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United States v. Philip Morris USA Inc.

United States Court of Appeals, District of Columbia Circuit

May 22, 2015


Argued February 23, 2015.

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Appeals from the United States District Court for the District of Columbia. (No. 1:99-cv-02496).

Miguel A. Estrada argued the cause for appellants. With him on the briefs were Amir C. Tayrani, Noel Francisco, Robert F. McDermott, Peter J. Biersteker, Thomas J. Frederick, Michael B. Minton, and Bruce D. Ryder.

Richard A. Samp and Cory L. Andrews were on the brief for Washington Legal Foundation in support of appellants.

Melissa N. Patterson Attorney, U.S. Department of Justice, argued the cause for appellees United States of America, et al. With her on the briefs were Ronald C. Machen, Jr., U.S. Attorney, and Mark B. Stern and Alisa B. Klein, Attorneys.

Howard M. Crystal argued the cause for appellees Tobacco-Free Kids Action Fund, et al. With him on the brief was Katherine A. Meyer.

Thomas Bennigson, appointed by the court, was on the brief for amicus curiae Tobacco Control Legal Consortium in support of appellee.

Before: TATEL, Circuit Judge, and EDWARDS and RANDOLPH, Senior Circuit Judges.


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Tatel, Circuit Judge :

In this appeal, the fifth in this long-running RICO case against the nation's cigarette manufacturers, defendants challenge a district court order requiring that they add two statements to their cigarette packages and advertisements: an announcement that a federal court has ruled that they " deliberately deceived the American public" about the dangers of cigarettes; and a declaration that they " intentionally designed cigarettes" to maximize addiction. Reading the extensive briefs the parties and their amici have submitted, one might think this case presents thorny, unresolved questions under both RICO and the First Amendment. As we explain below, however, the heavy lifting has already been done. Given our earlier decisions in this case, the manufacturers' objection to disclosing that they intentionally designed cigarettes to ensure addiction is both waived and foreclosed by the law of the case. Those decisions make equally clear that the district court, in ordering defendants to announce that they deliberately deceived the public, exceeded its authority under RICO to craft remedies that " prevent and restrain" future violations. 18 U.S.C. § 1964(a).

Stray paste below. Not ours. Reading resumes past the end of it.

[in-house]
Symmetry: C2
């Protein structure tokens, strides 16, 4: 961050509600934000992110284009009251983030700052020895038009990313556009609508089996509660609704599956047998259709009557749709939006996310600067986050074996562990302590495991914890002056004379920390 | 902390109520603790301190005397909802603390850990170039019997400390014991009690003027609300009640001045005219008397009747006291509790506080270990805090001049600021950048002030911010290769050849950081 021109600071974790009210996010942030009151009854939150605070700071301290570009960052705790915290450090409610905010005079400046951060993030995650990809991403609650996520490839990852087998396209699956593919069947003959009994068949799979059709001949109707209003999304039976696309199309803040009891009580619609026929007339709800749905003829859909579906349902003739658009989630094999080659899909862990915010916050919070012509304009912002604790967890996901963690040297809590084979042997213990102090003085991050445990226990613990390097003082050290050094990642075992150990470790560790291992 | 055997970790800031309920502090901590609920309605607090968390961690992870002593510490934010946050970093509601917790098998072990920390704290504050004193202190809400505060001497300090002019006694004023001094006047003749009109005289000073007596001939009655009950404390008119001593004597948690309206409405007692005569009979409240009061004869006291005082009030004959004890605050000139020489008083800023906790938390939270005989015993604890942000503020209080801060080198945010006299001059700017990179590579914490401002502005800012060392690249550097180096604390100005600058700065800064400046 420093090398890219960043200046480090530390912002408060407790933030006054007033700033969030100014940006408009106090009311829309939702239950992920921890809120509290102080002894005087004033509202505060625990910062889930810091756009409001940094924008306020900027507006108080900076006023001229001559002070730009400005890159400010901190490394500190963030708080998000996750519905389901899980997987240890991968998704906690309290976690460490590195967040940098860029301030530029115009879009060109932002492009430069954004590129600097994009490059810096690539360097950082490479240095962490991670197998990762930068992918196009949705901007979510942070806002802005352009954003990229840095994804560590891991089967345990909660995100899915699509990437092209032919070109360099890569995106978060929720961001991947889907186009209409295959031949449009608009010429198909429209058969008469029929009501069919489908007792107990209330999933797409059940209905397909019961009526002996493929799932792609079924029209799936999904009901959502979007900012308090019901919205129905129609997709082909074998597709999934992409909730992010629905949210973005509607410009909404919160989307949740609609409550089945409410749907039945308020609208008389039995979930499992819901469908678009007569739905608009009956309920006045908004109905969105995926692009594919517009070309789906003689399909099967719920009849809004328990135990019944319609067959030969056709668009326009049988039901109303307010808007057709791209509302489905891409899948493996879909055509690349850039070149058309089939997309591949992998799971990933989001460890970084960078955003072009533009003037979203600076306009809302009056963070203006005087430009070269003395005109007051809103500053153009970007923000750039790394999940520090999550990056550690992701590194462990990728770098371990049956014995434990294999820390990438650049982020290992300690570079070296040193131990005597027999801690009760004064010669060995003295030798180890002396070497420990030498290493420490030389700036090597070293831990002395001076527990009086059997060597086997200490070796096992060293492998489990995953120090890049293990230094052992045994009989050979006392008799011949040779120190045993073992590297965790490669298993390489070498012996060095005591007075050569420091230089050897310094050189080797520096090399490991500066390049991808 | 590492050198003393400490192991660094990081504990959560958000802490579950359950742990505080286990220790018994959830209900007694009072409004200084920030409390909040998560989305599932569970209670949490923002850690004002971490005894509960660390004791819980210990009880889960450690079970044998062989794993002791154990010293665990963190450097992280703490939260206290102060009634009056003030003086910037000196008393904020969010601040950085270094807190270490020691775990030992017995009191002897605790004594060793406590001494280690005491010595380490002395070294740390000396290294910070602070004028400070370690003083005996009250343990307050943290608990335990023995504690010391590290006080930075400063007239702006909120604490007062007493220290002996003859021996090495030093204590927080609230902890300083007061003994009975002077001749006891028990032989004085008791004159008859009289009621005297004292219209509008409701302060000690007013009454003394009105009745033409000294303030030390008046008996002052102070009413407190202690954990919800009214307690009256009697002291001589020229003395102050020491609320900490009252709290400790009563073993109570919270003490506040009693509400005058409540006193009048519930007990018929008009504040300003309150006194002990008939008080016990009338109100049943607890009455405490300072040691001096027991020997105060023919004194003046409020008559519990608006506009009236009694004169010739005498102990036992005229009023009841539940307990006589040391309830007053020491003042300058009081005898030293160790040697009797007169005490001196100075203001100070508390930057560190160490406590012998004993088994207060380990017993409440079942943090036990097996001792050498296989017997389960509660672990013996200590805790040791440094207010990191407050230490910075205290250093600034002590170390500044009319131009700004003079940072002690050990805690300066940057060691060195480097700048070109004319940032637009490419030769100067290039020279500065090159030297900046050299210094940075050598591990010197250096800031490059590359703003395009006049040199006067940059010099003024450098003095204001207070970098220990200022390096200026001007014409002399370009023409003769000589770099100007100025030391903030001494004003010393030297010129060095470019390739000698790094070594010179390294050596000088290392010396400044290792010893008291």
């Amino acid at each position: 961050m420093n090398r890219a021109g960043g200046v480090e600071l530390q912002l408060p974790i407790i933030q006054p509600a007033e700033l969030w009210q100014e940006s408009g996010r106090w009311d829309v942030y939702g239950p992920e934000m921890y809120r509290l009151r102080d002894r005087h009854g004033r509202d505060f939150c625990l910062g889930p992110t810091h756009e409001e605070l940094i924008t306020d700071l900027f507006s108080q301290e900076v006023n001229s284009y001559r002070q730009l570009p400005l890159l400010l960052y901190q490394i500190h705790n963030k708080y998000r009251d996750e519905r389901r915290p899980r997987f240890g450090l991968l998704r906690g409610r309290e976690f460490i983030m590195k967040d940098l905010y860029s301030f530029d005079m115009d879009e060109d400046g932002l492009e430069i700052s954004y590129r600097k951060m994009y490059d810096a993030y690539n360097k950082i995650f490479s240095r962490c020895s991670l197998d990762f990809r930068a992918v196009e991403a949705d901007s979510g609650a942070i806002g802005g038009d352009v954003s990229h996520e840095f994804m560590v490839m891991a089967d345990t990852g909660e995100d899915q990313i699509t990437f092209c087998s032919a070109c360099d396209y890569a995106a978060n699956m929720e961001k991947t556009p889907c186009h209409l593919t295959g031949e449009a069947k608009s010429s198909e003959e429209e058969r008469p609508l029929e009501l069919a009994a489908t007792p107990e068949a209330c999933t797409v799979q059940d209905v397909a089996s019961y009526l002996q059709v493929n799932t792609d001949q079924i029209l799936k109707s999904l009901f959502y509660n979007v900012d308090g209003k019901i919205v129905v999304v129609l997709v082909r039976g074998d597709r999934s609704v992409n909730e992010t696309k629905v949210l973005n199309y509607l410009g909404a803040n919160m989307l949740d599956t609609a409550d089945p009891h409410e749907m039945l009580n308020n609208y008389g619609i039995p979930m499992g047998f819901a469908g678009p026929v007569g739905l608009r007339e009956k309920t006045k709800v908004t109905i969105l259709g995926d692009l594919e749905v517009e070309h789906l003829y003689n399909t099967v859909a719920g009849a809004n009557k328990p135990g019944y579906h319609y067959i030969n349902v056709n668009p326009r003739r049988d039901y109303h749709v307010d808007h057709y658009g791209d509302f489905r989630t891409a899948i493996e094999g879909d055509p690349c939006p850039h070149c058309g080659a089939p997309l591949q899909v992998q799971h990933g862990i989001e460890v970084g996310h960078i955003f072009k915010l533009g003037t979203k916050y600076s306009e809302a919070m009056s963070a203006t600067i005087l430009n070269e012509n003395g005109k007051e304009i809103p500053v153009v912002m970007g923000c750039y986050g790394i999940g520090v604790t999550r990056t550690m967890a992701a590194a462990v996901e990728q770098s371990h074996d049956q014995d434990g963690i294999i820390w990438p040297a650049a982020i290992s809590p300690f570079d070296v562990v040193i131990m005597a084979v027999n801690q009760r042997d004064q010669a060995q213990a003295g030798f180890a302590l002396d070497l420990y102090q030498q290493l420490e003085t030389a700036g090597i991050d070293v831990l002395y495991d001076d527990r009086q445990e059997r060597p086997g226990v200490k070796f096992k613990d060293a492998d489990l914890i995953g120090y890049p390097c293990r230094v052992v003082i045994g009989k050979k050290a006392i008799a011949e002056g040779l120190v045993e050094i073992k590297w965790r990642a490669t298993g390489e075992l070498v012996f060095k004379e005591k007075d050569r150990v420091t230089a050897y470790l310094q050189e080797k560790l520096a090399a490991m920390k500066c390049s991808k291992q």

Fifteen years ago, the United States filed this suit in the U.S. District Court for

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the District of Columbia alleging that Philip Morris and eight other cigarette manufacturers violated the Racketeer Influenced and Corrupt Organizations Act (RICO), 18 U.S.C. § § 1961-1968, by engaging in a then still-ongoing conspiracy to deceive the American public about the health consequences and addictiveness of smoking cigarettes. Pretrial proceedings lasted for years, and when the bench trial finally began in 2004, it spanned nine months, involved hundreds of witnesses, and saw nearly 14,000 exhibits entered into evidence.

Two years later, supported by more than 4,000 findings of fact detailing the cigarette manufacturers' " pervasive scheme to defraud consumers and potential consumers of cigarettes," carried out " over the course of more than 50 years," the district court entered final judgment against the defendants. United States v. Philip Morris USA, Inc., 449 F.Supp.2d 1, 851-54 (D.D.C. 2006); see also id. at 936. Finding that they joined together to " maximize their profits" through " false and fraudulent statements, representations, and promises" about " the devastating health effects of smoking," id. at 852, the court concluded that the manufacturers operated an illegal racketeering enterprise in violation of RICO section 1962(c), and that they conspired to do so in violation of RICO section 1962(d), id. at 851, 903. Given the defendants' then-ongoing business practices, the district court also determined that many of them, including appellants Philip Morris, R.J. Reynolds, Brown & Williamson, Altria, and Lorillard, were, unless enjoined, likely to commit future RICO violations, id. at 909, a prerequisite to ordering relief under RICO, see SEC v. Savoy Industries, Inc., 587 F.2d 1149, 1168, 190 U.S.App.D.C. 252 (D.C. Cir. 1978). In 2009, we affirmed the district court's finding of RICO liability with respect to each cigarette manufacturer, United States v. Philip Morris USA Inc., 566 F.3d 1095, 1150, 386 U.S.App.D.C. 49 (D.C. Cir. 2009) ( 2009 Opinion ), along with its conclusion that many of the manufacturers, unless enjoined, would likely commit similar RICO violations in the future, id. at 1134.